Our analysis has limitations. Because we did not explicitly model heterogeneous subgroups, our estimates may be conservative if improved access to screening leads to the reduction of cases that otherwise would have differentially worse outcomes and/or higher costs than average. We also did not assess the impact of improving compliance to diagnostic visits and access to timely treatment among women who are screened appropriately, efforts that are paramount to reducing cervical cancer burden in the United States.
We conclude that improving cervical cancer screening does not necessitate increased expenditures in the United States. Indeed, shifting away from the status quo, with at least half of women getting screened too frequently and over a quarter not frequently enough, can likely reduce current expenditures without compromising the tremendous health gains already achieved in cervical cancer prevention. This cost savings can be invested in more prudent ways to improve health, whether through cervical cancer prevention or other health interventions.
Correspondence: Dr Kim, Harvard School of Public Health, Department of Health Policy and Management, Center for Health Decision Science, 718 Huntington Ave, Second Floor, Boston, MA 02115 (firstname.lastname@example.org).
Published Online: December 17, 2012. doi:10.1001/2013.jamainternmed.1034
Author Contributions:Study concept and design: Kim, Acquisition of data: Kim and Sharma. Analysis and interpretation of data: Kim, Sharma, and Ortendahl. Drafting of the manuscript: Kim, Critical revision of the manuscript for important intellectual content: Sharma and Ortendahl. Statistical analysis: Sharma and Ortendahl. Obtained funding: Kim. Administrative, technical, and material support: Sharma and Ortendahl. Study supervision: Kim.
Conflict of Interest Disclosures: None reported.
Funding/Support: The authors are supported in part by grants from the National Cancer Institute (U54 CA164336-01) and the Bill and Melinda Gates Foundation (No. 30505) for related work in developing countries.
Role of the Sponsor: The funding sources had no role in the design and conduct of the study; collection, management, analysis, and interpretation of the data; and preparation, review, or approval of the manuscript.
Thank you for submitting a comment on this article. It will be reviewed by JAMA Internal Medicine editors. You will be notified when your comment has been published. Comments should not exceed 500 words of text and 10 references.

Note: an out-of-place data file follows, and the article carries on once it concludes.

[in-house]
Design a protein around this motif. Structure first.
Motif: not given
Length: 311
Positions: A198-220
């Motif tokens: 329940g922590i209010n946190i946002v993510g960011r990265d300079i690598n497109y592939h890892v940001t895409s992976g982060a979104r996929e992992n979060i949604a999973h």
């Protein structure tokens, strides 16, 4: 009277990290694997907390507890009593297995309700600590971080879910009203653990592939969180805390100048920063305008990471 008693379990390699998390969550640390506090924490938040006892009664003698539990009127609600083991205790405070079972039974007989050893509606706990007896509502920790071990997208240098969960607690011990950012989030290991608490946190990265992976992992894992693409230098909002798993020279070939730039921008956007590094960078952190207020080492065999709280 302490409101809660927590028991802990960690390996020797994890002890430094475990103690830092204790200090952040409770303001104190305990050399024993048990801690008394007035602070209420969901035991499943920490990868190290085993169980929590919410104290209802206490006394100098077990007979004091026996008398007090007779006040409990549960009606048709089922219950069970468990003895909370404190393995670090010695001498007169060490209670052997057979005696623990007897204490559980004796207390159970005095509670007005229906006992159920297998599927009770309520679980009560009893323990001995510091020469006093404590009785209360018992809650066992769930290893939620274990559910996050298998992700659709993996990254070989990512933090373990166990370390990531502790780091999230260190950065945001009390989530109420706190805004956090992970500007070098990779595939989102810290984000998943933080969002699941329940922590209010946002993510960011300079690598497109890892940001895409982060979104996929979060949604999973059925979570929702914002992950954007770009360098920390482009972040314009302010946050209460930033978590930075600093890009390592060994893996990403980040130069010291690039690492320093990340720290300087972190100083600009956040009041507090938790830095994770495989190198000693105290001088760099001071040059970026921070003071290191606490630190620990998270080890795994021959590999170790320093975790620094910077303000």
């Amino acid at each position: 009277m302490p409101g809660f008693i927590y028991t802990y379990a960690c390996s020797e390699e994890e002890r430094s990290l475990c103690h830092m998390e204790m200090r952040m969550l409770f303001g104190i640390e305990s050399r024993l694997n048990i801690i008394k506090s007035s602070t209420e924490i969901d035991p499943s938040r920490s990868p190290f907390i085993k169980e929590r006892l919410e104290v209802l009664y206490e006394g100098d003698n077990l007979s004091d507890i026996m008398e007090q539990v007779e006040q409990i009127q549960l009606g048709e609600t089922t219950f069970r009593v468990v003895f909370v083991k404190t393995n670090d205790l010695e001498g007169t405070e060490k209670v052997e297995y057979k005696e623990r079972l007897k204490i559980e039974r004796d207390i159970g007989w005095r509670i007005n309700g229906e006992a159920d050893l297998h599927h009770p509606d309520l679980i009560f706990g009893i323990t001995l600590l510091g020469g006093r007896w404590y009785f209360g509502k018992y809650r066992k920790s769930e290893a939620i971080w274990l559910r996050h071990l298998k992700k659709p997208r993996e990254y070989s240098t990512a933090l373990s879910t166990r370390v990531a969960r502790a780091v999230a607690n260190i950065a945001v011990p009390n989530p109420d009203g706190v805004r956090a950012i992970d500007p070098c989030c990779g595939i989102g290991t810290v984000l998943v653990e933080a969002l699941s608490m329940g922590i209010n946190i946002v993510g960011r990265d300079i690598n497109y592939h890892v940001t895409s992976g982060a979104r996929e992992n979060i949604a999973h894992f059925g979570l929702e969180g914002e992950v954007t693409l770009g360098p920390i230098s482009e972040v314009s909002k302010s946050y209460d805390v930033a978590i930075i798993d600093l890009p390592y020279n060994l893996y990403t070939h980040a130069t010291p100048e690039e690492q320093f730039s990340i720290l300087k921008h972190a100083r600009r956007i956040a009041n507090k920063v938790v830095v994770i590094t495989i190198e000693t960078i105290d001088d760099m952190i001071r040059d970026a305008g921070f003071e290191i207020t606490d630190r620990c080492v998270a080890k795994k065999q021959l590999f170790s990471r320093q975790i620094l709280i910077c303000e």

Do not submit personal medical questions or information that could identify a specific patient, questions about a particular case, or general inquiries to an author. Only content that has not been published, posted, or submitted elsewhere should be submitted. By submitting this Comment, you and any coauthors transfer copyright to the journal if your Comment is posted.
* = Required Field
Disclosure of Any Conflicts of Interest*
Indicate all relevant conflicts of interest of each author below, including all relevant financial interests, activities, and relationships within the past 3 years including, but not limited to, employment, affiliation, grants or funding, consultancies, honoraria or payment, speakers’ bureaus, stock ownership or options, expert testimony, royalties, donation of medical equipment, or patents planned, pending, or issued. If all authors have none, check "No potential conflicts or relevant financial interests" in the box below. Please also indicate any funding received in support of this work. The information will be posted with your response.
Kim JJ, Sharma M, Ortendahl J. Optimal interval for routine cytologic screening in the United States. Published online December 17, 2012. JAMA Internal Med. doi:10.1001/2013.jamainternmed.1034.
eMethods. Model parameter estimation and assumptions
eTable 1. Parameter baseline values, search range, and calibrated values
eTable 2. Calibration target data
eTable 3. Cervical cancer screening and cost parameters
eFigure. Schematic of mathematical simulation model of cervical cancer
Some tools below are only available to our subscribers or users with an online account.
Download citation file:
Web of Science® Times Cited: 1
Customize your page view by dragging & repositioning the boxes below.
Enter your username and email address. We'll send you a link to reset your password.
Enter your username and email address. We'll send instructions on how to reset your password to the email address we have on record.
Athens and Shibboleth are access management services that provide single sign-on to protected resources. They replace the multiple user names and passwords necessary to access subscription-based content with a single user name and password that can be entered once per session. It operates independently of a user's location or IP address. If your institution uses Athens or Shibboleth authentication, please contact your site administrator to receive your user name and password.